According to the Governor’s Office of Economic Development and Tourism, more than 50 million people visit Texas in the fall. It is the time when the landscape is at its most colorful and vibrant. If you are in Texas, the fall presents a great opportunity to take some photographs of some of the most scenic landscapes, filled with the natural oranges, reds, and browns of the trees getting ready for winter. The state parks in particular are a great place to visit for photography, and there is plenty of wide-open space to explore.
Enchanted Rock State Natural Area
The Enchanted Rock Park has an almost mystical feel to it, especially in the fall when the land is shrouded in mist in the early morning. The highlight of the park is the giant dome that was formed from magma pushed up to the Earth’s surface over a billion years ago. Climbing to the top of the dome is one of the best places to take some ethereal photos of the area. If you are planning to take a large number of shots, you might find that digital photography, rather than analog, is better. In many ways, digital photos are more eco-friendly, as you can select and edit hundreds of photos without having to print them off.
Caprock Canyons State Park
Caprock Canyons is the home of the amazing shaggy native bison, the perfect subject for your fall photography. Try to catch their distinctive silhouettes on the horizon as the sun is setting. There are over 90 miles of trails that you can explore, and the landscape offers a natural rugged beauty. It is the “red beds” that make Caprock such a good place to take photos during the fall. These exposed geological layers were formed 280 million years ago. When the leaves on the trees are beautiful shades of red and orange too, the whole park seems to be bathed in rich sunlight.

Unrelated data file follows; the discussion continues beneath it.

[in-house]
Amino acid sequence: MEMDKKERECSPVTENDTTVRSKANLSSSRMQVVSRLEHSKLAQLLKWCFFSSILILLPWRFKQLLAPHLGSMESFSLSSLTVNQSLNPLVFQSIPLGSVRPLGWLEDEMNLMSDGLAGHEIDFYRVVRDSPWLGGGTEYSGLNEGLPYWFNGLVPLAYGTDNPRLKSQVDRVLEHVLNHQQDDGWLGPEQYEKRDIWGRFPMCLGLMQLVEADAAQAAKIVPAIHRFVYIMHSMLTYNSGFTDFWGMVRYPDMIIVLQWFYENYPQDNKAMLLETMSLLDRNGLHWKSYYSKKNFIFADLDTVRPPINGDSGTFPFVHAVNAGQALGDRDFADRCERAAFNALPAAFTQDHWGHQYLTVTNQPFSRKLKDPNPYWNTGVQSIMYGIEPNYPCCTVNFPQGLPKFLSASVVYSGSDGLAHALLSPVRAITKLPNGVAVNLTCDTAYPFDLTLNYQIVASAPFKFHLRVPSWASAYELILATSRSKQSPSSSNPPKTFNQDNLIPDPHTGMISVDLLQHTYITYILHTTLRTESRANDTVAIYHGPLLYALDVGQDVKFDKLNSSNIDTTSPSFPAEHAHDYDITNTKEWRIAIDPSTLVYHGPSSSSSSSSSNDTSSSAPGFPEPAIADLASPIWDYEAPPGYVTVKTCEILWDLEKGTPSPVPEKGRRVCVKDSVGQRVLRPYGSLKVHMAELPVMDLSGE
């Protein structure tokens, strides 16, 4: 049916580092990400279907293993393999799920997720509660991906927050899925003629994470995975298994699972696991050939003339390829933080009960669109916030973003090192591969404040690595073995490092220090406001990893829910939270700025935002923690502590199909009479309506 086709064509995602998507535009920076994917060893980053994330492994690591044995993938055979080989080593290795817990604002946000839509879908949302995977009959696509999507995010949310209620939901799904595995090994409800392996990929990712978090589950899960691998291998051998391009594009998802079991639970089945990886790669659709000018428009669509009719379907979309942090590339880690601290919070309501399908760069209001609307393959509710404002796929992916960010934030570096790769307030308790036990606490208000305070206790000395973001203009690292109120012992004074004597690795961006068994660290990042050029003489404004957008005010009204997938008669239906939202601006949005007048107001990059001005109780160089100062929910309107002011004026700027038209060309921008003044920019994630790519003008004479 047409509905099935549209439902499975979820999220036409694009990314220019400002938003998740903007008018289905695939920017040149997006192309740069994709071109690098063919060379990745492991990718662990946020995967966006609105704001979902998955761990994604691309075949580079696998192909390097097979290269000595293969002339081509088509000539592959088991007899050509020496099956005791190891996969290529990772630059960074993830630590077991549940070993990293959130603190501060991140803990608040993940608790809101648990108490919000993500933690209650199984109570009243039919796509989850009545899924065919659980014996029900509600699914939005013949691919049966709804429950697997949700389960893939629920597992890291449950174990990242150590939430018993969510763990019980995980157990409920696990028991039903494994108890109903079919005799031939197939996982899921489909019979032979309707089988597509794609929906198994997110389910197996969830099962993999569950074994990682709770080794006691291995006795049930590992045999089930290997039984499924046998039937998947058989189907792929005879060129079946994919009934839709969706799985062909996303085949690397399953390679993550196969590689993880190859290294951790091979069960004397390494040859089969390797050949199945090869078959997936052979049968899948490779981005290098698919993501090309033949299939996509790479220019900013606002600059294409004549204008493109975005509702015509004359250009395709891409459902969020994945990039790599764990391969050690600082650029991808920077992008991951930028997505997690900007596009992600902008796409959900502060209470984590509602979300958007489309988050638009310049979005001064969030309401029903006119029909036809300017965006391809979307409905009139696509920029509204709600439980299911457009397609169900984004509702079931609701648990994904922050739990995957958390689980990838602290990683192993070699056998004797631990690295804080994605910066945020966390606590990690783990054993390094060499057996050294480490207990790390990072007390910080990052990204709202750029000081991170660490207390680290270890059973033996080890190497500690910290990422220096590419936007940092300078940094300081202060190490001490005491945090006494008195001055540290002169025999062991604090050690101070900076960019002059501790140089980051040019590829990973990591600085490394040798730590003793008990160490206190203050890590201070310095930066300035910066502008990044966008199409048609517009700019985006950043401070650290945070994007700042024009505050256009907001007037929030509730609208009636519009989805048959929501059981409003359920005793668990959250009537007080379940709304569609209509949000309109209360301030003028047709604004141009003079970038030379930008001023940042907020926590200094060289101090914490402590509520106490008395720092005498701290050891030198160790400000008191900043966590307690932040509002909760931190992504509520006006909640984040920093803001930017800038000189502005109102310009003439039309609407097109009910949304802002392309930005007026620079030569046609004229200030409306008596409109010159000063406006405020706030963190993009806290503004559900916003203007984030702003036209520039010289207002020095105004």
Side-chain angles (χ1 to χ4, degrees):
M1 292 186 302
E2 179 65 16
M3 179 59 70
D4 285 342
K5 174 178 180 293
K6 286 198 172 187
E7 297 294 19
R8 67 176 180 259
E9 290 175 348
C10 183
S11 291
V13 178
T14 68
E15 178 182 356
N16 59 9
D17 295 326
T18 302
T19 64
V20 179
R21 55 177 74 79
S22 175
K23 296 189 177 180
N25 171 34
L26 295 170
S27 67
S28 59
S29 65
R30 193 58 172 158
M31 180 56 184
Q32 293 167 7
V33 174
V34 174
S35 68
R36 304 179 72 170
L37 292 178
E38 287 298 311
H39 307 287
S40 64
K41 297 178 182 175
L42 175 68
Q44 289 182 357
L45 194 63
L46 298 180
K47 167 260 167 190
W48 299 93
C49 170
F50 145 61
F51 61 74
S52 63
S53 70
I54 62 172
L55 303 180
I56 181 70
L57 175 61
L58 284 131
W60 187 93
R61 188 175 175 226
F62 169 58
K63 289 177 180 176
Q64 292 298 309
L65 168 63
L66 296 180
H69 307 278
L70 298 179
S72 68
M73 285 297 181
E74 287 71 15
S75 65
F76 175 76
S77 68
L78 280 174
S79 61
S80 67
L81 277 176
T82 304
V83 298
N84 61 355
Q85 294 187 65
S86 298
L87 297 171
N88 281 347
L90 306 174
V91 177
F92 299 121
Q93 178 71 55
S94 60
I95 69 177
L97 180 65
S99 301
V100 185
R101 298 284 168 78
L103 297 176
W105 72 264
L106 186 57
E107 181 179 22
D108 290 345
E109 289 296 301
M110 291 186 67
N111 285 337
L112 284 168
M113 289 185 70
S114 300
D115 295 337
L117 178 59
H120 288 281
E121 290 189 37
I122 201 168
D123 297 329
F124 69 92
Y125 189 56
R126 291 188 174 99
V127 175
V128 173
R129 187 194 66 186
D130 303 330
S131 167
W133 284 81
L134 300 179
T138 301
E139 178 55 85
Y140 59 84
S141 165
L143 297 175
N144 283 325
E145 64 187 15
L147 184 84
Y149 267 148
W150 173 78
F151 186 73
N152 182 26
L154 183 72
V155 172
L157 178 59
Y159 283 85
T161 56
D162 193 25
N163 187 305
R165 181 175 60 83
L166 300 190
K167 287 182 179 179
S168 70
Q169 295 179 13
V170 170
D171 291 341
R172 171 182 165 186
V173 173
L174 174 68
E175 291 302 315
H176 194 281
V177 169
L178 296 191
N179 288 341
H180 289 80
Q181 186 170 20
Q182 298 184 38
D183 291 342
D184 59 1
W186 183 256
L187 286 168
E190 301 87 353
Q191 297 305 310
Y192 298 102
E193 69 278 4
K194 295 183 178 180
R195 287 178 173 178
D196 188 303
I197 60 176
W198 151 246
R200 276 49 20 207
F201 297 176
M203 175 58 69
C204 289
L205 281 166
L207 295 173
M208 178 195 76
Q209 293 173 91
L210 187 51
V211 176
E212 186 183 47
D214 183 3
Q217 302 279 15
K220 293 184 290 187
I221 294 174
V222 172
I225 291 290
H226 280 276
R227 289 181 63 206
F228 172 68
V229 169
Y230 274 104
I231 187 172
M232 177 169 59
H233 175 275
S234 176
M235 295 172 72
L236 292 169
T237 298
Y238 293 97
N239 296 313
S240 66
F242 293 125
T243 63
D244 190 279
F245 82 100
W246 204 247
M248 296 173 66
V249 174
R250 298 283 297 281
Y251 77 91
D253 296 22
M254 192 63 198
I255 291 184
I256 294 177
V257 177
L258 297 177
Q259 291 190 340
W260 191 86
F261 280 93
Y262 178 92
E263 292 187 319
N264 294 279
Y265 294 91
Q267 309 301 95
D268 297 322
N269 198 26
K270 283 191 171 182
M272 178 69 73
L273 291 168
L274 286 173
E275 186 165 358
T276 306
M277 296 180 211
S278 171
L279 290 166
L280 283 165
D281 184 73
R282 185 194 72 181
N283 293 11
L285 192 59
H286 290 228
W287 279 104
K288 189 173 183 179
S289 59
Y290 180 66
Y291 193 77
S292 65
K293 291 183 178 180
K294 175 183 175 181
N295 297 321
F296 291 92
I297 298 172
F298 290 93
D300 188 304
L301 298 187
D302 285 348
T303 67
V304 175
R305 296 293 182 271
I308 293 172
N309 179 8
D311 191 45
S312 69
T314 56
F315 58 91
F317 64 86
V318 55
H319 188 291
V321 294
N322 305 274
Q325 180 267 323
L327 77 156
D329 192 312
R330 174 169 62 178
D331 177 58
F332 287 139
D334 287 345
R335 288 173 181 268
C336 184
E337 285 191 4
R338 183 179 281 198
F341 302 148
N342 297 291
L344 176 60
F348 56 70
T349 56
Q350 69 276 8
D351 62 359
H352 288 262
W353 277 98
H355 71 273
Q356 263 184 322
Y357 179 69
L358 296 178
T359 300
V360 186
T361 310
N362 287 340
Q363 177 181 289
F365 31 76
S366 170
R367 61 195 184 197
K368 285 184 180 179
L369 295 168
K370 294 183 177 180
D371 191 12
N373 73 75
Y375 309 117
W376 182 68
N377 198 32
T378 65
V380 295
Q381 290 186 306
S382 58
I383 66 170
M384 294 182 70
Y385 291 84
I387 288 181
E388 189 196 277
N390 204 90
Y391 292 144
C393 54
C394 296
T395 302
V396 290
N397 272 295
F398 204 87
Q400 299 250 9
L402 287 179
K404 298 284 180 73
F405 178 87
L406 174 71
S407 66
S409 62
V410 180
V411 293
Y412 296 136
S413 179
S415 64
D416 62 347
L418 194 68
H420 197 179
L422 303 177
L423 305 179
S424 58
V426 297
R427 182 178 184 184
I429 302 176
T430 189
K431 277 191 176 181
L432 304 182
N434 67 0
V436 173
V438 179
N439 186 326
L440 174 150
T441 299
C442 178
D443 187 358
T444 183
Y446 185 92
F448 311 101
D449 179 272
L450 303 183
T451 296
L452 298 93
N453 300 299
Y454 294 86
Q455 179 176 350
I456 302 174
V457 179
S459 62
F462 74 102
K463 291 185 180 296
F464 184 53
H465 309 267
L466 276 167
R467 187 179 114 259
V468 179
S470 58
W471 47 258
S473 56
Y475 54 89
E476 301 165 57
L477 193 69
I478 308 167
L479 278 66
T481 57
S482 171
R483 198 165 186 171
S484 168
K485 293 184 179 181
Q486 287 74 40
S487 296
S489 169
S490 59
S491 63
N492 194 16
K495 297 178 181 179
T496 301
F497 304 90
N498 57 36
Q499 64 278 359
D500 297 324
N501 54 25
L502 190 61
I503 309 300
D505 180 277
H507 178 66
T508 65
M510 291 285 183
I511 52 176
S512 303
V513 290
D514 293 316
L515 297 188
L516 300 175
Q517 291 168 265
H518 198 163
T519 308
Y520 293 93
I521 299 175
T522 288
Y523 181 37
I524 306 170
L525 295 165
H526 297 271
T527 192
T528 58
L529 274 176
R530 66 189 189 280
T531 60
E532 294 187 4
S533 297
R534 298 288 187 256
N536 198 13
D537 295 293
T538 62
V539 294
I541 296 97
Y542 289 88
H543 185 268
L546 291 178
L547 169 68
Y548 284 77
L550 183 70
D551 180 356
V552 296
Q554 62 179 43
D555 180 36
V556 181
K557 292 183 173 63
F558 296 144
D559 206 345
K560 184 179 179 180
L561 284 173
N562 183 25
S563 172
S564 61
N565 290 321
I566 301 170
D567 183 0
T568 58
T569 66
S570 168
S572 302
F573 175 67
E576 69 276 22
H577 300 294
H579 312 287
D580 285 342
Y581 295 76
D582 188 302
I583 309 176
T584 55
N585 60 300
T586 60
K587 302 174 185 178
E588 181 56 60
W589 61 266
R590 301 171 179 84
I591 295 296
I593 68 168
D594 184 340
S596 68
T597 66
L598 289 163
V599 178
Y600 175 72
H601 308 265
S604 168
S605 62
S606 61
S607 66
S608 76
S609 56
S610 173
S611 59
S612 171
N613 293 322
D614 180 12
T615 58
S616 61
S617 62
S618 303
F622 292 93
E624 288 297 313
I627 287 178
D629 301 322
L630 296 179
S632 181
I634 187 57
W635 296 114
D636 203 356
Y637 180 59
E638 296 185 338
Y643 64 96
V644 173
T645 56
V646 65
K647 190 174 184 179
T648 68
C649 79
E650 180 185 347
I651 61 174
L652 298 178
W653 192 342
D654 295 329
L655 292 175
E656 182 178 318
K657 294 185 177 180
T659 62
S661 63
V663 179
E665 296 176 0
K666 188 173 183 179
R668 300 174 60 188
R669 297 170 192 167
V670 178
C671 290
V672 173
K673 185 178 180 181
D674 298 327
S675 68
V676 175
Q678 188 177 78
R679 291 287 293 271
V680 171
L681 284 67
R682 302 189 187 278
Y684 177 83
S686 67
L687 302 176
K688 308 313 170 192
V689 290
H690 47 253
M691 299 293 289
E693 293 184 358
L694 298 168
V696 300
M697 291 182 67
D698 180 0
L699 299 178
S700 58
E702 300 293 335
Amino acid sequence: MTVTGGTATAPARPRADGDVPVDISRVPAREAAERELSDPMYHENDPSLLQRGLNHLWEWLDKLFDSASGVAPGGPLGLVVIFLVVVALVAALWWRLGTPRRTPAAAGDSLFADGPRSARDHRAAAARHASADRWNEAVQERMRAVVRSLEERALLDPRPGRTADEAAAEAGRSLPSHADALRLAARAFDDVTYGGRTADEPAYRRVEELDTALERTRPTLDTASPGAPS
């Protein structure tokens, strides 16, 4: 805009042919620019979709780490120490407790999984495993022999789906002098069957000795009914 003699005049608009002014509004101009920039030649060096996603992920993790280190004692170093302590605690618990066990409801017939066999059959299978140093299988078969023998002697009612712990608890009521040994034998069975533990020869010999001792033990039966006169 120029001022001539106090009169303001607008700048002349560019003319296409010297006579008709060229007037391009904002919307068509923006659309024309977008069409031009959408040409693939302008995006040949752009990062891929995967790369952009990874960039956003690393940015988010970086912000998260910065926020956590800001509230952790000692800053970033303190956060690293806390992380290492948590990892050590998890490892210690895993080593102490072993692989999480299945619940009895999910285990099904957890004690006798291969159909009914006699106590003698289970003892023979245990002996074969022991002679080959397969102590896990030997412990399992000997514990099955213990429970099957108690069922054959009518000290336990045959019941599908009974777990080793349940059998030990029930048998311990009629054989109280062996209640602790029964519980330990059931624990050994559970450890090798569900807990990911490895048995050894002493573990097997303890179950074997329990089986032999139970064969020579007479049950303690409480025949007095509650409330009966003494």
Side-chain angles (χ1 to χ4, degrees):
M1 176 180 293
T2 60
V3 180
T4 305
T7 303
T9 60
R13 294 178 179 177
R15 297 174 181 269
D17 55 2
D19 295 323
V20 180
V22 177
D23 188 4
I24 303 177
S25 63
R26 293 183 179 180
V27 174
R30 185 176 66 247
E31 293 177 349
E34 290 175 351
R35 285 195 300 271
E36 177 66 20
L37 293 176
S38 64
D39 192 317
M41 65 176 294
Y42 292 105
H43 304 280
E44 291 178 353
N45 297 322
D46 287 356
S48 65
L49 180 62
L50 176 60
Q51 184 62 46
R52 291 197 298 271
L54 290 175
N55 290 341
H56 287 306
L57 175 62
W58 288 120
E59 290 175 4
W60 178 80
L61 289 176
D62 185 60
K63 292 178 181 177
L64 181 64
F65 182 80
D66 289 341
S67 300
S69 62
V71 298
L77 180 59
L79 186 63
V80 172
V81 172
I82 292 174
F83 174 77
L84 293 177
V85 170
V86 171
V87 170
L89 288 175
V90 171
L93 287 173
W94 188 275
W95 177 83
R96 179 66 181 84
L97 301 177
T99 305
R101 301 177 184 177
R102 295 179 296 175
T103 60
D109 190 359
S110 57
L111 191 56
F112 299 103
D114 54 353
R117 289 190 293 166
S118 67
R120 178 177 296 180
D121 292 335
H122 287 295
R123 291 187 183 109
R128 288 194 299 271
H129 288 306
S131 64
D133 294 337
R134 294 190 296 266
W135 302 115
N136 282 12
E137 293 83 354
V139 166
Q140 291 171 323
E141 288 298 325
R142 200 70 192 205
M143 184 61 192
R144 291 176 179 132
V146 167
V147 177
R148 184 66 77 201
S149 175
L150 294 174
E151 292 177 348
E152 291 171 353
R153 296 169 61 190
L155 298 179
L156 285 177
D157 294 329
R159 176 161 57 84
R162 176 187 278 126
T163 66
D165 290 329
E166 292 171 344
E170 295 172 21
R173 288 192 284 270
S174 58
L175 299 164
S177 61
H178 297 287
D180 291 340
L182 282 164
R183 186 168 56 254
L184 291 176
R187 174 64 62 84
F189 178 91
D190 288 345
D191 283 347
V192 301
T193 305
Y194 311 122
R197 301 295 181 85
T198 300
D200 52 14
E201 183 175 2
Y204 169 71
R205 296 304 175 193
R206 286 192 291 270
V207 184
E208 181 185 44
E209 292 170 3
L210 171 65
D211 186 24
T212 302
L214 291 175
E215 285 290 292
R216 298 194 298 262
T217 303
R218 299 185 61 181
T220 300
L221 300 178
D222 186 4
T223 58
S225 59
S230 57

Lost Maples State Natural Area
Lost Maples is home to the incredible Uvalde bigtooth maples, which attract many visitors in the fall months who come just to see the beautiful display of foliage. The red oaks also make a beautiful sight as they give up their leaves for the winter. The best time to visit is in the last two weeks in October through to early November. Whilst you are taking photos, look out for the white-tailed deer and the rock squirrel that roam free in the park.
Texas really does have four seasons, and you can capture these in the state parks. You can take some incredible photos of the fall foliage that you will be proud to hang on your wall.